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Are Vaccine Side Effects Necessary For COVID-19 Immunity?

 With the spread of the COVID-19 Delta variant across the globe and an uptick in COVID-19 cases that came with it, the public is becoming increasingly alarmed. We are told that vaccines are effective against the Delta strain, yet even those who were vaccinated appear to be getting sick. The question is, did the immune system of these people not respond to the vaccine? Many people think so, claiming that an absence of side effects means that the vaccine didn’t work. Is this true or not?

Are Vaccine Side Effects a Marker of Effectiveness?

COVID-19 Side Effects and Immunity women getting vaccinated
Experiencing side effects - such as fever, chills, fatigue, headaches, and muscle aches - is possible after any vaccination, including COVID-19 vaccinations. Of the 15.9% of the world population who have been fully vaccinated against COVID-19 (as of the beginning of August 2021), the most common COVID-19 vaccination side effects are pain, redness, and swelling at the injection site. We are told not to fear these symptoms, as the side effects are an indication that our immune system is building up antibodies against a pathogen.
While this is true, not everyone will experience side effects after getting a COVID-19 jab. The good news is, vaccine side effects and immune responses are not linked according to infectious diseases experts. Dr. William Schaffner, a professor of infectious diseases at Vanderbilt University Medical Center, told Medical News Today that “There is no direct correlation between side effects and protection,” said Prof. Schaffner.
Moreover, data from both vaccine manufacturers and independent researchers have confirmed that Moderna and Pfizer’s vaccines are over 90% effective 2 weeks after the second dose and the remaining 10% have either partial or no protection. Those who may get less protection from the vaccines are people with compromised immune systems, such as cancer patients undergoing active treatment and those who take immunosuppressants. Since vaccines work by making the body produce immune cells against SARS-CoV-2, those with a weaker immune system may not be able to build up complete immunity.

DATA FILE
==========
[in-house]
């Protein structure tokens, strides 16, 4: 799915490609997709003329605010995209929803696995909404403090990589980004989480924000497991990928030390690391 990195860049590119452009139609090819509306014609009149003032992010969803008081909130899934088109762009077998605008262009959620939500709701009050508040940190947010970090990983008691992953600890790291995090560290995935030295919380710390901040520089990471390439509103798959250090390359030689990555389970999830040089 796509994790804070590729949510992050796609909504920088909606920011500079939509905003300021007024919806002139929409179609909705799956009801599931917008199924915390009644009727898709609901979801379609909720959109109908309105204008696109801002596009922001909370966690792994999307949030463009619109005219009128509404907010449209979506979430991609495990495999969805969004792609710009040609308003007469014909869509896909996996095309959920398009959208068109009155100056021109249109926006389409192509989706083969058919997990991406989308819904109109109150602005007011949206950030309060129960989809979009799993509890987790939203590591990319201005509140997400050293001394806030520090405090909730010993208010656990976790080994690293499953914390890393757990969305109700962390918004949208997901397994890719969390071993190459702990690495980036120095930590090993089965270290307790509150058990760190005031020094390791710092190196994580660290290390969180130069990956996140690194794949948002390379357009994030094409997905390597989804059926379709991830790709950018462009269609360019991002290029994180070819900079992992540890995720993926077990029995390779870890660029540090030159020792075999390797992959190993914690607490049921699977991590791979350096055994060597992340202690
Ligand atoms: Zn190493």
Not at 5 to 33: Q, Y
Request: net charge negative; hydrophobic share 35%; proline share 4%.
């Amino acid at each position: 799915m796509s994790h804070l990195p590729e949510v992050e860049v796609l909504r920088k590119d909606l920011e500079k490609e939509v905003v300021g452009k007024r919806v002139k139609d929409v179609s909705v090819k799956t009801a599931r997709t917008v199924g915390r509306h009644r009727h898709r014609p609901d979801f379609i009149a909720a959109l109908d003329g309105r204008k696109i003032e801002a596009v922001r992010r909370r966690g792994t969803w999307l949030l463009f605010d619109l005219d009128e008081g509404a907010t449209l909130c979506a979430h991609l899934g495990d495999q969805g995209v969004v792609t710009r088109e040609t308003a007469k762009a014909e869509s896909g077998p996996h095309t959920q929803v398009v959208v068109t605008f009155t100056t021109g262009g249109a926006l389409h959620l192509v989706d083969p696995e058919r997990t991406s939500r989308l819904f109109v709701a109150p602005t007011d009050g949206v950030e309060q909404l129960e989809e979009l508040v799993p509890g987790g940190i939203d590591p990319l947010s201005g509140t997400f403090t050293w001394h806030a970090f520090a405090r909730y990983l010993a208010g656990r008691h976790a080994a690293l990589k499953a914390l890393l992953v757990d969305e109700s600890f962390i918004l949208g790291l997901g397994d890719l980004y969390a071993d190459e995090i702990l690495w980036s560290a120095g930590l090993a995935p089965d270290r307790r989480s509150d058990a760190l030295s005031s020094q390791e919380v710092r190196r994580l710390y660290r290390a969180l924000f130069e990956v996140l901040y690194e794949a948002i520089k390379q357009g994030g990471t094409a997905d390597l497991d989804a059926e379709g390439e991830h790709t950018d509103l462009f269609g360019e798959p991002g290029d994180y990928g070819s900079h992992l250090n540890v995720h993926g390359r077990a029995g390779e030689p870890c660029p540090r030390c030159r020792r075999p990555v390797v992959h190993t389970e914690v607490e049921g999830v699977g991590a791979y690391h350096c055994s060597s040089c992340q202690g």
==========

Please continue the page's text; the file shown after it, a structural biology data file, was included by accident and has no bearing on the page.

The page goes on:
COVID-19 Side Effects and Immunity woman with a fever
A different reason altogether why immunity against the novel coronavirus may be waning is because COVID-19 vaccines were never suggested to have a permanent effect. Back in April of 2021, Pfizer CEO Albert Bourla said the following in a CNBC interview: “A likely scenario is that there will be likely a need for a third dose, somewhere between six and 12 months and then from there, there will be annual revaccination, but all of that needs to be confirmed. And again, the variants will play a key role.”
It seems that this is exactly what seems to be happening in many vaccinated people right now: the antibody levels in patients who received a vaccine in winter and early have probably started to drop. Signs of this waning immunity can be seen in countries like Israel, with data from the health records of over 1.3 million people vaccinated between January and April 2021 revealed that those vaccinated in the winter were 53% more likely to get COVID-19 in the subsequent months than those vaccinated in March and April.
Mind you, though, that this data doesn’t tell us anything about the severity of COVID cases among vaccinated individuals. Experts point out that vaccines are still highly effective at keeping people out of the hospital. Both real-world studies and the Pfizer and Moderna estimates are in the high 90s at protecting people from severe COVID-19, even 6 months post-vaccination - so there is a silver lining. The bottom line is, don’t worry if you didn’t experience any side effects after getting your COVID-19 vaccine- you are just as protected as those who did experience them.
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